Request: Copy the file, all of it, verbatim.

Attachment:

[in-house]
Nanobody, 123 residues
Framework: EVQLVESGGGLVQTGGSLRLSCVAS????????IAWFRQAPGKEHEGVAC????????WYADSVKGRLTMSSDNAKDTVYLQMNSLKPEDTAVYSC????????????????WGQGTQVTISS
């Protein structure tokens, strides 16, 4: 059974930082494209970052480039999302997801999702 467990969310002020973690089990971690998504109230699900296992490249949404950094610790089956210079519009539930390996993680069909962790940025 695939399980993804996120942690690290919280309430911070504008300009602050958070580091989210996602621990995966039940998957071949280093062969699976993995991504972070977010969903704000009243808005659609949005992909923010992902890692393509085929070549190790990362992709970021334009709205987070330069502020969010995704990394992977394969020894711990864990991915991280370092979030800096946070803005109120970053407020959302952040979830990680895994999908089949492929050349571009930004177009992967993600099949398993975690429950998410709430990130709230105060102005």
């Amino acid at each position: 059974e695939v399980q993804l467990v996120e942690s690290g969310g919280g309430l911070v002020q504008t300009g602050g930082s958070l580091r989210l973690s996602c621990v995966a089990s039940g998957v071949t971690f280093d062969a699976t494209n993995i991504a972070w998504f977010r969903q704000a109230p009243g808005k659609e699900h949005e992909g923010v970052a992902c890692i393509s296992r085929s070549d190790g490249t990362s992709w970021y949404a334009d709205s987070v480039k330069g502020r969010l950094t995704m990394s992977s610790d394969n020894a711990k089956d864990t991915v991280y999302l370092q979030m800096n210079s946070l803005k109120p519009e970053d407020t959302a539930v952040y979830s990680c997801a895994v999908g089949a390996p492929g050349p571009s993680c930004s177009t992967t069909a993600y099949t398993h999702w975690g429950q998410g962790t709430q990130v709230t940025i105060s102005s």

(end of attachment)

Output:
[in-house]
Nanobody, 123 residues
Framework: EVQLVESGGGLVQTGGSLRLSCVAS????????IAWFRQAPGKEHEGVAC????????WYADSVKGRLTMSSDNAKDTVYLQMNSLKPEDTAVYSC????????????????WGQGTQVTISS
């Protein structure tokens, strides 16, 4: 059974930082494209970052480039999302997801999702 467990969310002020973690089990971690998504109230699900296992490249949404950094610790089956210079519009539930390996993680069909962790940025 695939399980993804996120942690690290919280309430911070504008300009602050958070580091989210996602621990995966039940998957071949280093062969699976993995991504972070977010969903704000009243808005659609949005992909923010992902890692393509085929070549190790990362992709970021334009709205987070330069502020969010995704990394992977394969020894711990864990991915991280370092979030800096946070803005109120970053407020959302952040979830990680895994999908089949492929050349571009930004177009992967993600099949398993975690429950998410709430990130709230105060102005």
């Amino acid at each position: 059974e695939v399980q993804l467990v996120e942690s690290g969310g919280g309430l911070v002020q504008t300009g602050g930082s958070l580091r989210l973690s996602c621990v995966a089990s039940g998957v071949t971690f280093d062969a699976t494209n993995i991504a972070w998504f977010r969903q704000a109230p009243g808005k659609e699900h949005e992909g923010v970052a992902c890692i393509s296992r085929s070549d190790g490249t990362s992709w970021y949404a334009d709205s987070v480039k330069g502020r969010l950094t995704m990394s992977s610790d394969n020894a711990k089956d864990t991915v991280y999302l370092q979030m800096n210079s946070l803005k109120p519009e970053d407020t959302a539930v952040y979830s990680c997801a895994v999908g089949a390996p492929g050349p571009s993680c930004s177009t992967t069909a993600y099949t398993h999702w975690g429950q998410g962790t709430q990130v709230t940025i105060s102005s």